10 space travellers are waiting to board their spaceships. There are two rows of seats in the waiting room. Using the rules, where are they all sitting? Can you find all the possible ways?
If you split the square into these two pieces, it is possible to fit the pieces together again to make a new shape. How many new shapes can you make?
What is the best way to shunt these carriages so that each train can continue its journey?
Can you shunt the trucks so that the Cattle truck and the Sheep truck change places and the Engine is back on the main line?
Take a rectangle of paper and fold it in half, and half again, to make four smaller rectangles. How many different ways can you fold it up?
Can you work out how many cubes were used to make this open box? What size of open box could you make if you had 112 cubes?
What happens when you try and fit the triomino pieces into these two grids?
This task, written for the National Young Mathematicians' Award 2016, involves open-topped boxes made with interlocking cubes. Explore the number of units of paint that are needed to cover the boxes. . . .
How will you go about finding all the jigsaw pieces that have one peg and one hole?
This challenge involves eight three-cube models made from interlocking cubes. Investigate different ways of putting the models together then compare your constructions.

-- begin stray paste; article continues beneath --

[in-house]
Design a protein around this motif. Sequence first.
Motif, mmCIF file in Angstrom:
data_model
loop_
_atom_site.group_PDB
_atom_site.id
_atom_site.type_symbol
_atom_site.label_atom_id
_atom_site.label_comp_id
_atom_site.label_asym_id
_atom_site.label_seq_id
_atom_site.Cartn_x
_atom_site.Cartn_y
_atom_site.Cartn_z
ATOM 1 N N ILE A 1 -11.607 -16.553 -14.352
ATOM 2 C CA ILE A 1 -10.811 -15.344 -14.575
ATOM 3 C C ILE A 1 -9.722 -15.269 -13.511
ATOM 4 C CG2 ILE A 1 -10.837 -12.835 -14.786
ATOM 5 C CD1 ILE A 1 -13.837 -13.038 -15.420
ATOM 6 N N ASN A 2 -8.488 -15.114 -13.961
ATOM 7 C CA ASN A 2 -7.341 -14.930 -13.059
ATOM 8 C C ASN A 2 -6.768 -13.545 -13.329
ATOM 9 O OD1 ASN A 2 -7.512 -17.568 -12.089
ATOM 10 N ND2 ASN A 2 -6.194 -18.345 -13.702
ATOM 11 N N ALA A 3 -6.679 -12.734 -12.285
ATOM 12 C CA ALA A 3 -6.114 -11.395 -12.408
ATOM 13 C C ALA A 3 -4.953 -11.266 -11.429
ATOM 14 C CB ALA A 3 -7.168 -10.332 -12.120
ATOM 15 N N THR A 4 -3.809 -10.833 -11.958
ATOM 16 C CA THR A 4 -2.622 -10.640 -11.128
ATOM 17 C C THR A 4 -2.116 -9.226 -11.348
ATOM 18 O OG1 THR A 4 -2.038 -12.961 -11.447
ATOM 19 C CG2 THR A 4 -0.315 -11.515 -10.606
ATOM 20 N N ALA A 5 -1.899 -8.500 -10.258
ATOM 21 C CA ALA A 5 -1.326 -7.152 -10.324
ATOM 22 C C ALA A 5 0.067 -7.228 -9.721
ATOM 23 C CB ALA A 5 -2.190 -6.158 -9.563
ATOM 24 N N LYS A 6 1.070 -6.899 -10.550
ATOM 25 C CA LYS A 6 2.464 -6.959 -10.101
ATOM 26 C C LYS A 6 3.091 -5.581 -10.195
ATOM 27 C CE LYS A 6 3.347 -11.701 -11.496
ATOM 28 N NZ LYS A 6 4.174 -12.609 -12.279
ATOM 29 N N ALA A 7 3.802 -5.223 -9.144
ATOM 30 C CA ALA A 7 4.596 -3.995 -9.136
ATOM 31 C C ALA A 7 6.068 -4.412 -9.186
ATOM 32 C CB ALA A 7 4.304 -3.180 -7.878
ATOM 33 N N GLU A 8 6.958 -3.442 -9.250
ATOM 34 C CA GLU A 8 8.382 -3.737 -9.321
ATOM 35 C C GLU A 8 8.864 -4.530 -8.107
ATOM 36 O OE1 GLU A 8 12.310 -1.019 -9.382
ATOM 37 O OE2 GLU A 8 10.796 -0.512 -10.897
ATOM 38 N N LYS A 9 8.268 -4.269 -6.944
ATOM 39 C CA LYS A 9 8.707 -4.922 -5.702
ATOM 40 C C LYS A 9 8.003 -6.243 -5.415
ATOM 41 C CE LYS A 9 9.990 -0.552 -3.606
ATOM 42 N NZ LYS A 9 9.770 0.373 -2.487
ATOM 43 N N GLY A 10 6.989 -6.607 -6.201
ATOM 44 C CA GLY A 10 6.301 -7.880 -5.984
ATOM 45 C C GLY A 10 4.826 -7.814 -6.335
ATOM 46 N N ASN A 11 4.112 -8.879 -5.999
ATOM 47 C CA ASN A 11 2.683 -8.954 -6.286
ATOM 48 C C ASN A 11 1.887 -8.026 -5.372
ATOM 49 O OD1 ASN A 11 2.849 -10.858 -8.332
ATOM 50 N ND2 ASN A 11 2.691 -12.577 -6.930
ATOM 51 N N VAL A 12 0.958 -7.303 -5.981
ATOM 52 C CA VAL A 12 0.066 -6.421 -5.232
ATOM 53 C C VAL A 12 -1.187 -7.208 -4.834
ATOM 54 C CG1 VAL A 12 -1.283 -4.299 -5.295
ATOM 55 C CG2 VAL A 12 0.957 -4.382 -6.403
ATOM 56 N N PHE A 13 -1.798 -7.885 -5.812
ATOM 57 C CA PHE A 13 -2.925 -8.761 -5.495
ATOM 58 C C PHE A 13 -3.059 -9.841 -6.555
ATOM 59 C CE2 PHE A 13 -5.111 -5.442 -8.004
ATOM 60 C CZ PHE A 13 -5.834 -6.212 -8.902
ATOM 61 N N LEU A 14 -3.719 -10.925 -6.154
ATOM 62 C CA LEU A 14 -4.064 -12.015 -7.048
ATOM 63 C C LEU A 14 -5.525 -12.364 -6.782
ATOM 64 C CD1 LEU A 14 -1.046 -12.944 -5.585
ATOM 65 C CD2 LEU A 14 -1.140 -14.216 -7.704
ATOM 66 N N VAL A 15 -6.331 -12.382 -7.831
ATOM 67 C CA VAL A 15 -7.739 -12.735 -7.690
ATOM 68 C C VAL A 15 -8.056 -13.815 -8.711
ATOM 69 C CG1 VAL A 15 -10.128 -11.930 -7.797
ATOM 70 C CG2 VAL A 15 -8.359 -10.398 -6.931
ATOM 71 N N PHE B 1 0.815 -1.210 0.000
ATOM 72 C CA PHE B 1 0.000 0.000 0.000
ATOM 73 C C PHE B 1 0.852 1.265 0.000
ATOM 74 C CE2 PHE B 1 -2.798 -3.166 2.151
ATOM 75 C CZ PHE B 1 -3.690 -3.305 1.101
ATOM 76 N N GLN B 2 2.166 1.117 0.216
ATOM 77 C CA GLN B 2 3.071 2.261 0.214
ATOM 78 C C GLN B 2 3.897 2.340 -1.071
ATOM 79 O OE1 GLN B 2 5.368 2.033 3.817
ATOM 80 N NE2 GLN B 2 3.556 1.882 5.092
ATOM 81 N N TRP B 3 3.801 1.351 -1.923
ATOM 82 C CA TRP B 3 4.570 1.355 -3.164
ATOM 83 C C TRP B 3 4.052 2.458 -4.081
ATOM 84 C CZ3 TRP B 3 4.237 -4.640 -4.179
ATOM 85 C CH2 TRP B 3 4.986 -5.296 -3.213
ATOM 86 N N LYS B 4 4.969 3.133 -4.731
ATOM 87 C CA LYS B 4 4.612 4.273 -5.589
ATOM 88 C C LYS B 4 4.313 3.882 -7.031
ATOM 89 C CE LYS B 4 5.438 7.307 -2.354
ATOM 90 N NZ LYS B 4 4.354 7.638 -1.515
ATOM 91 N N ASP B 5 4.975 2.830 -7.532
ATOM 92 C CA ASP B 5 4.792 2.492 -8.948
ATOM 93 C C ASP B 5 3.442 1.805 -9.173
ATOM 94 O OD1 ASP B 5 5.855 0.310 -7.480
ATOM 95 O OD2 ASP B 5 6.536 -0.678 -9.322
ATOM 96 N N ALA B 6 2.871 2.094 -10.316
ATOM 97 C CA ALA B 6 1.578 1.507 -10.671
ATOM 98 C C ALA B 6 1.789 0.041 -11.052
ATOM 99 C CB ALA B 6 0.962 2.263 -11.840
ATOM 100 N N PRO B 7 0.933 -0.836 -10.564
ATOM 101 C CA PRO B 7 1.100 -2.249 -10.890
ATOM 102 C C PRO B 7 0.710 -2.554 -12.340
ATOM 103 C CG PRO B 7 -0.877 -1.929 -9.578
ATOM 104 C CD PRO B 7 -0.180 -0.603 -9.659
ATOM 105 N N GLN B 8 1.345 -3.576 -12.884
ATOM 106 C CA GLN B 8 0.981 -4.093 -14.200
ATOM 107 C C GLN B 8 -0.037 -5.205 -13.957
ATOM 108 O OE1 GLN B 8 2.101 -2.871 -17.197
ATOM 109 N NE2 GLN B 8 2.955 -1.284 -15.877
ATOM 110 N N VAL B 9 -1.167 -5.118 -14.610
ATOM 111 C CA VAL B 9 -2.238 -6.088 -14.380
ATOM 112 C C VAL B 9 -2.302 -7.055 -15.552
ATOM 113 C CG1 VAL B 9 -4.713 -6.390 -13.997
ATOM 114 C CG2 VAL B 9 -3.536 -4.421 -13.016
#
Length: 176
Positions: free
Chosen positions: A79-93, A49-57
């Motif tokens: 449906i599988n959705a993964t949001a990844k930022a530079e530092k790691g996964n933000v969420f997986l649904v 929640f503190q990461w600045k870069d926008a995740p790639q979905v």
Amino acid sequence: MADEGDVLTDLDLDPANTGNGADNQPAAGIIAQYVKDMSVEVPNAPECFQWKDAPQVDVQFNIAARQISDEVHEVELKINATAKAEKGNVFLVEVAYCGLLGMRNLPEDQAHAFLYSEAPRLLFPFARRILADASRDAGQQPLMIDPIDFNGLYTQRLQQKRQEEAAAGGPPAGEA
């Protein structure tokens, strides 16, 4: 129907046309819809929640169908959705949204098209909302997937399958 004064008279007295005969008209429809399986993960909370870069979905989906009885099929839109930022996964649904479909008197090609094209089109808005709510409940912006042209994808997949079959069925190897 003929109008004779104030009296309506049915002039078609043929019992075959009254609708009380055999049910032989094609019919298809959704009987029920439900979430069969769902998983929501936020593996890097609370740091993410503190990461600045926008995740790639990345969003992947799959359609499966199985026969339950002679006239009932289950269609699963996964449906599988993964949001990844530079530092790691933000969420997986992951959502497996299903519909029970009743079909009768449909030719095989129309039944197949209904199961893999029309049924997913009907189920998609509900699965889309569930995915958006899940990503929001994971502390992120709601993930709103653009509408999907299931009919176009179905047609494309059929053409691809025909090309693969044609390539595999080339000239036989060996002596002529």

You have 4 red and 5 blue counters. How many ways can they be placed on a 3 by 3 grid so that all the rows columns and diagonals have an even number of red counters?
In a square in which the houses are evenly spaced, numbers 3 and 10 are opposite each other. What is the smallest and what is the largest possible number of houses in the square?
When I fold a 0-20 number line, I end up with 'stacks' of numbers on top of each other. These challenges involve varying the length of the number line and investigating the 'stack totals'.
Design an arrangement of display boards in the school hall which fits the requirements of different people.
Swap the stars with the moons, using only knights' moves (as on a chess board). What is the smallest number of moves possible?
How many different cuboids can you make when you use four CDs or DVDs? How about using five, then six?
Find your way through the grid starting at 2 and following these operations. What number do you end on?
Can you cover the camel with these pieces?
Use the three triangles to fill these outline shapes. Perhaps you can create some of your own shapes for a friend to fill?
In each of the pictures the invitation is for you to: Count what you see. Identify how you think the pattern would continue.
Here you see the front and back views of a dodecahedron. Each vertex has been numbered so that the numbers around each pentagonal face add up to 65. Can you find all the missing numbers?
What happens to the area of a square if you double the length of the sides? Try the same thing with rectangles, diamonds and other shapes. How do the four smaller ones fit into the larger one?
In how many ways can you fit two of these yellow triangles together? Can you predict the number of ways two blue triangles can be fitted together?